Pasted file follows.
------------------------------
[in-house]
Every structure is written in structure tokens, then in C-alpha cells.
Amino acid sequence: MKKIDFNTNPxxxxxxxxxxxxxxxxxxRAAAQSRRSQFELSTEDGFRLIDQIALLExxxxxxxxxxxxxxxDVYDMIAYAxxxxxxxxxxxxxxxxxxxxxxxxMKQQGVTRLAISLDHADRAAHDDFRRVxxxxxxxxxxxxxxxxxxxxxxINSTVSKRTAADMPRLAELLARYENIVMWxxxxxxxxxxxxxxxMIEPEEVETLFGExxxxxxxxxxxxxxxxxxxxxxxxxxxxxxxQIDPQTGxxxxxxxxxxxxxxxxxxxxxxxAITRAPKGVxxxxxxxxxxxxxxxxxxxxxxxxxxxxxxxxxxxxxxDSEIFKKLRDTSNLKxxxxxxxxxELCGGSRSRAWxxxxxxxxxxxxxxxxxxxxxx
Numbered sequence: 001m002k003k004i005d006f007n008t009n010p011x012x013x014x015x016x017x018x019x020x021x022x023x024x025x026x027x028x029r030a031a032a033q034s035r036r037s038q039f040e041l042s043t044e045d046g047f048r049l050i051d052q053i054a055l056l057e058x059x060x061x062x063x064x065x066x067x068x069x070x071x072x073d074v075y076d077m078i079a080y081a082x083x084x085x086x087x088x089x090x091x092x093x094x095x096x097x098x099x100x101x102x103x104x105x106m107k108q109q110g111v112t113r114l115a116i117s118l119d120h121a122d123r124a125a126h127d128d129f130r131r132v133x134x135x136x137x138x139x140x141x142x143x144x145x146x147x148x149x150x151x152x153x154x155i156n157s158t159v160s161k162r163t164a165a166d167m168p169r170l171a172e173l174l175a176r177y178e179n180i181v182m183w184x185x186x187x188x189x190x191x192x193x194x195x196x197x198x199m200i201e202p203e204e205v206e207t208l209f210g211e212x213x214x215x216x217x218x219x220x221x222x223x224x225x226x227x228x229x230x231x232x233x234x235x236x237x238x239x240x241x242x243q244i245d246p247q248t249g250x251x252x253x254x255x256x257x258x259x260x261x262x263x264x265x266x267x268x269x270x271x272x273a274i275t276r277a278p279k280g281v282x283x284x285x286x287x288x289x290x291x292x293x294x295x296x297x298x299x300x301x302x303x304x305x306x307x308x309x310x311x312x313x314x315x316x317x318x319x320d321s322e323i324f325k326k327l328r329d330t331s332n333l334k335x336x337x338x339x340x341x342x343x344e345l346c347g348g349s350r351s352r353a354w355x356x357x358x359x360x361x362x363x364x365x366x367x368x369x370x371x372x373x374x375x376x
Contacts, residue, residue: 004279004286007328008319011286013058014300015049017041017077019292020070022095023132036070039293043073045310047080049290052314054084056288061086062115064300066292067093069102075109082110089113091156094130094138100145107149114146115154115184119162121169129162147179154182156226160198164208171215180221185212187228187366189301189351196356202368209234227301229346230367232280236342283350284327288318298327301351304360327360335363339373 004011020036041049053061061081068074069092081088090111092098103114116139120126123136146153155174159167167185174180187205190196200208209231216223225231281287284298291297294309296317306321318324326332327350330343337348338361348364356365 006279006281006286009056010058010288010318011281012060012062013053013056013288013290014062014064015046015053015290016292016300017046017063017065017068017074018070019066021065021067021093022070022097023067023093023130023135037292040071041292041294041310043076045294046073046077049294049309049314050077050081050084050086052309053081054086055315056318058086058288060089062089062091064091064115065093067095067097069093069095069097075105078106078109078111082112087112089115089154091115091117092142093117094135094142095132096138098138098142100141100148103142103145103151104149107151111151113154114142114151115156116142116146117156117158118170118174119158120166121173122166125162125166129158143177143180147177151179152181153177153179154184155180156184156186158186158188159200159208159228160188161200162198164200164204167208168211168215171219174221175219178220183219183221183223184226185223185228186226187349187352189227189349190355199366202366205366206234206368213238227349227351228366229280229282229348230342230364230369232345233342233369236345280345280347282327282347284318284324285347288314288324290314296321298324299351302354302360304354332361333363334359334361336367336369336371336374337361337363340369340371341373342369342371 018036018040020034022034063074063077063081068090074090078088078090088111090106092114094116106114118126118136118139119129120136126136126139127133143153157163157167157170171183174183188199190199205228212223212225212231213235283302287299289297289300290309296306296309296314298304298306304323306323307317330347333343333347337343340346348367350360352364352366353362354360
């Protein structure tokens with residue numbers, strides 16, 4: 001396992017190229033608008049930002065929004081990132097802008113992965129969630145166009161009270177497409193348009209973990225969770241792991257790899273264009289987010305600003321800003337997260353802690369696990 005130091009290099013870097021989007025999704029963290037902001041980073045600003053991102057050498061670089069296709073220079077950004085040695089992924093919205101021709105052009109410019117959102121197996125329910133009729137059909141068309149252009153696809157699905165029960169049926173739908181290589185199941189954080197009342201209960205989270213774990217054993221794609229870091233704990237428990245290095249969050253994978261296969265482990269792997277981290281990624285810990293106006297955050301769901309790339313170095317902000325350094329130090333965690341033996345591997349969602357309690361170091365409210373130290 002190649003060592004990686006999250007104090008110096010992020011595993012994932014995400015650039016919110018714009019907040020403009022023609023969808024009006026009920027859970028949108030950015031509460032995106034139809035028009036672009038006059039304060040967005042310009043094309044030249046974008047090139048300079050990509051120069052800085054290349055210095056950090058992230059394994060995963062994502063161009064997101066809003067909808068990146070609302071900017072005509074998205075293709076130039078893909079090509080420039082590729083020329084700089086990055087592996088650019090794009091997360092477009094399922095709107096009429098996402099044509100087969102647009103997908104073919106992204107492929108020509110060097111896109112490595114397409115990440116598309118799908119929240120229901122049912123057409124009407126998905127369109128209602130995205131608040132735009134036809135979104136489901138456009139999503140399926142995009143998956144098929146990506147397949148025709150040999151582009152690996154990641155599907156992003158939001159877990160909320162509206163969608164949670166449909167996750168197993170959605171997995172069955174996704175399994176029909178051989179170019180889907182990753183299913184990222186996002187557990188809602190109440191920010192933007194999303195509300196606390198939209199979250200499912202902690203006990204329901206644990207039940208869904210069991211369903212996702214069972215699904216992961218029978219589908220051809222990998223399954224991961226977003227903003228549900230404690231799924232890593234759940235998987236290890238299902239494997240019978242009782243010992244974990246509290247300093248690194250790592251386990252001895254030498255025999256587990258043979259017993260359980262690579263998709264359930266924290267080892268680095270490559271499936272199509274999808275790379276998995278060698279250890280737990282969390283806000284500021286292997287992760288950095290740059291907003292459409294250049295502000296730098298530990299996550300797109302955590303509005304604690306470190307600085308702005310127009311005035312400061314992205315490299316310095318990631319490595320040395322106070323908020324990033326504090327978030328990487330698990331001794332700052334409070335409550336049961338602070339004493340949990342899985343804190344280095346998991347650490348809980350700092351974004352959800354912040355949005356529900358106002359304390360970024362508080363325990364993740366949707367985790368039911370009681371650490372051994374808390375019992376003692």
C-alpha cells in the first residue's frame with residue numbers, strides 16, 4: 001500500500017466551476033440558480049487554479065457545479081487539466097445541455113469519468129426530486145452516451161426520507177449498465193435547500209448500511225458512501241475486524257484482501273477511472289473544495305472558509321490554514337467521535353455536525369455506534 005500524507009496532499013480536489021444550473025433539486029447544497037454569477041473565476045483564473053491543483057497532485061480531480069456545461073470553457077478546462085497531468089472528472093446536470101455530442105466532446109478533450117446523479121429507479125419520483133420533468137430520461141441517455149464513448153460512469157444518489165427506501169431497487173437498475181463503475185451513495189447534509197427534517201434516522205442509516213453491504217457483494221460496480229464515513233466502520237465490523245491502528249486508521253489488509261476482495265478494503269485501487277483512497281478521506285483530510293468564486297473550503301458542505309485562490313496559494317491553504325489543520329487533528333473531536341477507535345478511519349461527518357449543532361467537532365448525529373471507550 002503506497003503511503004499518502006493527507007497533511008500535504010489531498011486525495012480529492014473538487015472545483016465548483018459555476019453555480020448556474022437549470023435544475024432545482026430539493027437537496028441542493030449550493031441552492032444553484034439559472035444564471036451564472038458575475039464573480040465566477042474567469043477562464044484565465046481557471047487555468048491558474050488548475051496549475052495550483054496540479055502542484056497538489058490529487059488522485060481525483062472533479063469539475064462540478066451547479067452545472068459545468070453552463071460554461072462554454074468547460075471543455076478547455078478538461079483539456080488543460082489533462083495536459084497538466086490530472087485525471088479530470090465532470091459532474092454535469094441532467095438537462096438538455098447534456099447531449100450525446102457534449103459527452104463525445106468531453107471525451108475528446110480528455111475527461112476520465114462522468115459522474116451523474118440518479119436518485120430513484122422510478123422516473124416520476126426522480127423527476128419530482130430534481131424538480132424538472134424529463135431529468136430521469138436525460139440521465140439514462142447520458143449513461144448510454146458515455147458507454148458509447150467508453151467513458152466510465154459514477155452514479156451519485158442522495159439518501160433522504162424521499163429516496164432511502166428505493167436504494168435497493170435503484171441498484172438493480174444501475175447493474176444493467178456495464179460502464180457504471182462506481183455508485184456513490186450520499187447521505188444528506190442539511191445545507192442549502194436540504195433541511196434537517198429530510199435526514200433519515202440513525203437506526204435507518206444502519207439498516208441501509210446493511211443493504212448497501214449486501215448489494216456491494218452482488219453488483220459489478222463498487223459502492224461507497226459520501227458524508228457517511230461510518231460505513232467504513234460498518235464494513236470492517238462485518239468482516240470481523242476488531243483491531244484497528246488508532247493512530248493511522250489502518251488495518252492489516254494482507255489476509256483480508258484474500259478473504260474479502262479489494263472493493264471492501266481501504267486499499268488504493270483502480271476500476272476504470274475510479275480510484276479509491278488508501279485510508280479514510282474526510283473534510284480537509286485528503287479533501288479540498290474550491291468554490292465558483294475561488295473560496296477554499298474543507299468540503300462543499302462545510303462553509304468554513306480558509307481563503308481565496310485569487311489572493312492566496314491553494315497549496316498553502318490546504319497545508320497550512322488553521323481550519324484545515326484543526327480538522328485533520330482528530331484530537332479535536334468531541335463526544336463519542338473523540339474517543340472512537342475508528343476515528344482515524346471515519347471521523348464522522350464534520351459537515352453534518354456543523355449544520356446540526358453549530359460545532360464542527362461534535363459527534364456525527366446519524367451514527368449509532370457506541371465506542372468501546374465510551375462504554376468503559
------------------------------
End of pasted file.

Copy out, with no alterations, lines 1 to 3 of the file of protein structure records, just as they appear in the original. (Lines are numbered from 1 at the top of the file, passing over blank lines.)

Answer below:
[in-house]
Every structure is written in structure tokens, then in C-alpha cells.
Amino acid sequence: MKKIDFNTNPxxxxxxxxxxxxxxxxxxRAAAQSRRSQFELSTEDGFRLIDQIALLExxxxxxxxxxxxxxxDVYDMIAYAxxxxxxxxxxxxxxxxxxxxxxxxMKQQGVTRLAISLDHADRAAHDDFRRVxxxxxxxxxxxxxxxxxxxxxxINSTVSKRTAADMPRLAELLARYENIVMWxxxxxxxxxxxxxxxMIEPEEVETLFGExxxxxxxxxxxxxxxxxxxxxxxxxxxxxxxQIDPQTGxxxxxxxxxxxxxxxxxxxxxxxAITRAPKGVxxxxxxxxxxxxxxxxxxxxxxxxxxxxxxxxxxxxxxDSEIFKKLRDTSNLKxxxxxxxxxELCGGSRSRAWxxxxxxxxxxxxxxxxxxxxxx